Elitism 101 is found here.
I am totally surprised at the reaction to Wee Shu Min's blog post on Derek Wee's concern about older workers in Singapore. The anger and criticism of Shu Min shows a lack of understanding of how our system works and netizens have certainly been unfair to Shu Min who is the daughter of an elite MP Wee Siew Kim. It is not her fault that she possesses such an opinion which her father shares (not the language but the logic, see quote above). To have all these less capable ordinary Singaporeans with ordinary degrees holding jobs with ordinary capabilities whining about their anxieties and concerns is certainly unacceptable and negative. ...MP Wee's message to them is stop moaning. You might expect an MP to share your concerns and troubles but please be understanding, an elite MP who holds a top post, say, in a GLC does not struggle to pay for his HDB flat, never needs to stay awake at night worried about medical bills or the cost of his children's education. His part-time MP position yields an income of $13,000 per month...and his full time job several times more. It is totally unreasonable for ordinary Singaporeans to expect their elite MPs to understand the challenges, problems and fears they face in their daily lives.
Many people believe we have an meritocracy. Actually we don't. What we have is an elitist system based on selection - resources and opportunities are generously continuously allocated to this group of elites through the system and a structure.
"Singapore is like Sparta, where the top students are taken away from their parents as children and educated. Cohort by cohort, they each select their own leadership, ultimately electing their own Philosopher King......But when I reached the end of the book, it dawned on me that though the starting point was meritocracy, the end result was dictatorship and elitism. In the end, that was how Sparta crumbled" - Ngiam Dow Tong, a former top civil servant (link)
The most important characteristic of real meritocracy is not that the winner takes all at the end but that everyone has a chance to play and compete. It is this competition that creates energy and dynamism in a society. To have this competition, we need a level playing field and for as many people as possible to feel that they have a chance. Other features of a meritocratic society is the lack of secrecy and tendency for the system to eliminate inherited advantages.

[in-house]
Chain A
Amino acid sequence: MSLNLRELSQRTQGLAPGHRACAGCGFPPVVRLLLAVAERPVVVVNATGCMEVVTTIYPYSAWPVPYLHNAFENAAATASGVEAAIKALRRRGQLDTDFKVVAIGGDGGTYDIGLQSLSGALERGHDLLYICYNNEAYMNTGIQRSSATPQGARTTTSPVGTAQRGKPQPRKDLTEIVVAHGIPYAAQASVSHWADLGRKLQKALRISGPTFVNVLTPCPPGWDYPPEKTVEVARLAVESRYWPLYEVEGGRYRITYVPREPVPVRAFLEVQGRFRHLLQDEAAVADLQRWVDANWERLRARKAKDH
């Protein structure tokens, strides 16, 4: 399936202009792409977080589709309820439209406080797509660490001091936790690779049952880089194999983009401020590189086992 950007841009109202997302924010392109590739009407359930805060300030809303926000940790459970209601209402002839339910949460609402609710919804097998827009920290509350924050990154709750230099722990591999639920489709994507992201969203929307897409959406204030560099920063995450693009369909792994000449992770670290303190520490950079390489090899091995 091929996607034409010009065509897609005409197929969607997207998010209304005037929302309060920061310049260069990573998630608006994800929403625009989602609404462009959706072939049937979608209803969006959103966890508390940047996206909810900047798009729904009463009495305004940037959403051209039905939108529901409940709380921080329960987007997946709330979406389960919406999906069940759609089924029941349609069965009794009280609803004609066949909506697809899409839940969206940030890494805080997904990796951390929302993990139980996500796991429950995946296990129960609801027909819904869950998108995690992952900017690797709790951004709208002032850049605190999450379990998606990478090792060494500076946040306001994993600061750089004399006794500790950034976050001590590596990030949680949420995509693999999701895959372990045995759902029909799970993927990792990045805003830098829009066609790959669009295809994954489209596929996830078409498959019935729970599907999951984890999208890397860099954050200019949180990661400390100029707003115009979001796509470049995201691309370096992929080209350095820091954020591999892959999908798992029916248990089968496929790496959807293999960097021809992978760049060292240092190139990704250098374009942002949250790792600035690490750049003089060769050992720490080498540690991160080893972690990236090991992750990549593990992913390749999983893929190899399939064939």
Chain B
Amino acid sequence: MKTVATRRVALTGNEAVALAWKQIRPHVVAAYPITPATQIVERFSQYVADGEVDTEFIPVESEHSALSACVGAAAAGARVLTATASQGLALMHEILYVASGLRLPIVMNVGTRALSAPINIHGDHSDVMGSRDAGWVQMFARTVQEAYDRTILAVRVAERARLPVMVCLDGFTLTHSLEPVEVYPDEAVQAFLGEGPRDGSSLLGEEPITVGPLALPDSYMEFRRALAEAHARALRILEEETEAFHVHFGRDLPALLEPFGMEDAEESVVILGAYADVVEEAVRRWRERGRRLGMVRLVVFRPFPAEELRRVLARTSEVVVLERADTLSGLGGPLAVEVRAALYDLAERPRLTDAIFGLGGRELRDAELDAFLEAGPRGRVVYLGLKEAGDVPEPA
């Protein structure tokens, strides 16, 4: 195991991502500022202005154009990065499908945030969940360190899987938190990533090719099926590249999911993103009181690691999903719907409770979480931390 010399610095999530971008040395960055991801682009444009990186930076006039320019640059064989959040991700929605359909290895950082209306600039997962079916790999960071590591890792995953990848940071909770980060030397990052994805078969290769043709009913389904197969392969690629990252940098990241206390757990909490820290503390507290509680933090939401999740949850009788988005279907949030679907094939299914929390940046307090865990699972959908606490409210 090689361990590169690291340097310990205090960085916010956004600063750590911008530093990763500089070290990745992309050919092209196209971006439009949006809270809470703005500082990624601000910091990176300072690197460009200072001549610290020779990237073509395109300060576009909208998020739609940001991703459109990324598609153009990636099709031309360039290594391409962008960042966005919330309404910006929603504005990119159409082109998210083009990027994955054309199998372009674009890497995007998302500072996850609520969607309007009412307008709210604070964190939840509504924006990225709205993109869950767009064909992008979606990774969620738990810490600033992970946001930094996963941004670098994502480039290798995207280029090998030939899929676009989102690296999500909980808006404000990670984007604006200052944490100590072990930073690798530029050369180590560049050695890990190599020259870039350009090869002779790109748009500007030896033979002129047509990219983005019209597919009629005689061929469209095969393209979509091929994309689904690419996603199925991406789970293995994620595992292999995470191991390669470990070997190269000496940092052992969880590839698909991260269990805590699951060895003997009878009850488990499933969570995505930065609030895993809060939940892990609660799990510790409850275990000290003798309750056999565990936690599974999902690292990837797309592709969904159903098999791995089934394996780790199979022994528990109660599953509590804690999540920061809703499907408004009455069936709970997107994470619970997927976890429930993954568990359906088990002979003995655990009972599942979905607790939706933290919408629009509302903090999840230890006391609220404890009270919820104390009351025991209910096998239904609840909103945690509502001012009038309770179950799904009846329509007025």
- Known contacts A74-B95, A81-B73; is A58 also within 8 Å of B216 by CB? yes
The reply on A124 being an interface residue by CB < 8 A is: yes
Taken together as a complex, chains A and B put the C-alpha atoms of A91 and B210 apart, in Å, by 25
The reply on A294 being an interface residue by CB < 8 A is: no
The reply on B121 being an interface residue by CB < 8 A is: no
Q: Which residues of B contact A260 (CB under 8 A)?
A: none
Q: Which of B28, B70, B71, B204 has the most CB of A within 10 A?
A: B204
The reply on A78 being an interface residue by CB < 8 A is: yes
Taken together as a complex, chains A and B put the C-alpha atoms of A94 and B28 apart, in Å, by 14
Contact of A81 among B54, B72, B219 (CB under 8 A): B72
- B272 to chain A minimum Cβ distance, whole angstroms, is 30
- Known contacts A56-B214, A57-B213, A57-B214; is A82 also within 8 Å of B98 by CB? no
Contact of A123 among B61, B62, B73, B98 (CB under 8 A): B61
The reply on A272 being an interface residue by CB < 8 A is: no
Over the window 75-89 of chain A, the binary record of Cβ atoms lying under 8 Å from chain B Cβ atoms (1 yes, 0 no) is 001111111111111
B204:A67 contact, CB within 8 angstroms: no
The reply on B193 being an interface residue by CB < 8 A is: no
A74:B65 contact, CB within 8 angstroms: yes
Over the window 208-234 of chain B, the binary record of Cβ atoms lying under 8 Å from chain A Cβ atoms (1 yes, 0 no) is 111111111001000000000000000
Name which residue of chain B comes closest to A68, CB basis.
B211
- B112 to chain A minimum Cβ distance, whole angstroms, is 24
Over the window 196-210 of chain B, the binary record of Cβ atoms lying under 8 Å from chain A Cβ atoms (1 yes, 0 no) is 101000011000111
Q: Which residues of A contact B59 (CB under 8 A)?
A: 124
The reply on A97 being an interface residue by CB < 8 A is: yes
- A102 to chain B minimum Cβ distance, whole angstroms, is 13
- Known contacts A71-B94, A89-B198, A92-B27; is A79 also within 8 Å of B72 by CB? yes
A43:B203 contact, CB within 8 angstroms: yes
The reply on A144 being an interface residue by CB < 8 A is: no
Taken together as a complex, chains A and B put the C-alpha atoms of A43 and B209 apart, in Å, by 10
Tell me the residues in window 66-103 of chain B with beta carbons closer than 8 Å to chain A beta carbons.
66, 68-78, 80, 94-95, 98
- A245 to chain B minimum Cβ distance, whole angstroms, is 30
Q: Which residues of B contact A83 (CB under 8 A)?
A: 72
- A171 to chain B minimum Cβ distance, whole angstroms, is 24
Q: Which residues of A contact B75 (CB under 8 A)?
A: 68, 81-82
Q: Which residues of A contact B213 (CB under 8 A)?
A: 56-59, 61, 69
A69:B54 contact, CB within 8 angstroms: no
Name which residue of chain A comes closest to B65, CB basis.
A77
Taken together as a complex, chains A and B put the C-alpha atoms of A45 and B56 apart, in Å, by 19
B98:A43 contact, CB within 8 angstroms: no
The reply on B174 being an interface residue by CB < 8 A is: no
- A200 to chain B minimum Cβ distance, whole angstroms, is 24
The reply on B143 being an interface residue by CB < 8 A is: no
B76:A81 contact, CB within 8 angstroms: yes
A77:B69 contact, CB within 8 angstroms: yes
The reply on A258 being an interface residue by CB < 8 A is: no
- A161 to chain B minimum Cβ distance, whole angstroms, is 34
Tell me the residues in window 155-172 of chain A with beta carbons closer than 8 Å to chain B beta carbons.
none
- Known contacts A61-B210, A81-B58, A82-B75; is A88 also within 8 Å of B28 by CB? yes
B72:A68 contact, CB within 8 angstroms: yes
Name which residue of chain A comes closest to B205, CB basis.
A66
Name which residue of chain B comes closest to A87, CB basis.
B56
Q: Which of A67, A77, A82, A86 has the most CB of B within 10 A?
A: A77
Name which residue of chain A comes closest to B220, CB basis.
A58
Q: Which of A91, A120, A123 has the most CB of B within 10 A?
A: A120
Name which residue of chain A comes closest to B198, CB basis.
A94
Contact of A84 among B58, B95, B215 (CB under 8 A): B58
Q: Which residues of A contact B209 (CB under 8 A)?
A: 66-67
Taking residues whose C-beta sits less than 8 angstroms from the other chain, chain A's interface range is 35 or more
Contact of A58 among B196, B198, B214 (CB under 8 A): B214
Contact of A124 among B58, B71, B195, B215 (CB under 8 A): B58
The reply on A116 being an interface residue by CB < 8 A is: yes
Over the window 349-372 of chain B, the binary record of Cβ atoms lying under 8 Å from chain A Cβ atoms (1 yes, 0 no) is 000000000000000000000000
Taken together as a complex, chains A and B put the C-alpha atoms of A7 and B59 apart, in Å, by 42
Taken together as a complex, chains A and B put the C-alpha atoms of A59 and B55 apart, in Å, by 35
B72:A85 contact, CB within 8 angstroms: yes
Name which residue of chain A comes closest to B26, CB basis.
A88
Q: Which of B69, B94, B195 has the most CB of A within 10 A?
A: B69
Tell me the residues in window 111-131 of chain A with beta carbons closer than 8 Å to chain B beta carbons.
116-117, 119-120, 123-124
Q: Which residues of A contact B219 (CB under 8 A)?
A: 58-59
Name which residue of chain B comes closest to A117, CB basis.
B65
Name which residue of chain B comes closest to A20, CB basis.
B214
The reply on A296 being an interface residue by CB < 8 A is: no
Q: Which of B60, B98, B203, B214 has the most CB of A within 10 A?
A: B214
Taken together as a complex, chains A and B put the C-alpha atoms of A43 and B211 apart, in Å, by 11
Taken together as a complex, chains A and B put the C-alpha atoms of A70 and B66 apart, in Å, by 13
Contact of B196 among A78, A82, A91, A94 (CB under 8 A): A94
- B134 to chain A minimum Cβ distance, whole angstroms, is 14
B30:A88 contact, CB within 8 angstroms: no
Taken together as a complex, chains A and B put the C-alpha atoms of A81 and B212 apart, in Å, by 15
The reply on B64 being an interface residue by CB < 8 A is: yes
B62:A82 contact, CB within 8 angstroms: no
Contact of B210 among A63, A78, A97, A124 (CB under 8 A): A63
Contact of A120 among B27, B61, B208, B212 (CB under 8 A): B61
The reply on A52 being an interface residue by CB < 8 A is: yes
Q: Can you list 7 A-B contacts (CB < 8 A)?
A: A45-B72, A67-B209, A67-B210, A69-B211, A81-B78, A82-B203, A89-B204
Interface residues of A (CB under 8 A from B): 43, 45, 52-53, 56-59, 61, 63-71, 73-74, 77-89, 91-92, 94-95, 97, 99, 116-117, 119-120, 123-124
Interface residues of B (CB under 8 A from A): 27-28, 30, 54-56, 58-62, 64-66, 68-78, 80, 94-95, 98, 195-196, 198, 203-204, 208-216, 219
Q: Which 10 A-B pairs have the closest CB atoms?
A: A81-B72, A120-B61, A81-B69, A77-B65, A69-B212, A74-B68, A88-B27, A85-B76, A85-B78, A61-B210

Elitism is different from meritocracy. It is the belief that the views of a selected group of people, the elite, are far more worthy than those of others (the non-elite)....and hence the views of the public can be disregarded. Because more resources and opportunities are allocated to the elites, the accomplishments will reaffirm the original belief that they are more deserving of those opportunities.
Singaporeans are so lucky that there is a group of elites leading them. These elites are very versatile and talented, they cross over from politics to business and vice versa with ease. Ordinary Singaporeans like Derek Wee should just keep his views to himself as his logic cannot simply cannot match those of our elites and their elite offsprings. He should spend his energy on the many challenges the PAP has created for him - high cost of living, foreign talents competition etc. These challenges are there to keep him motivated and it is for his own good. The elites have been selected are exempted from real competition even when they go for elections....this is so that they can focus their energies to work hard for Singaporeans' interests. For that they are paid $13K per month usually as a part-time MP or if they become one of the super-elite ministers they stand to make more than $1M a year. That is why we can be assured they will always show sympathy to the ordinary Singaporeans whose average household income is $3600 per month.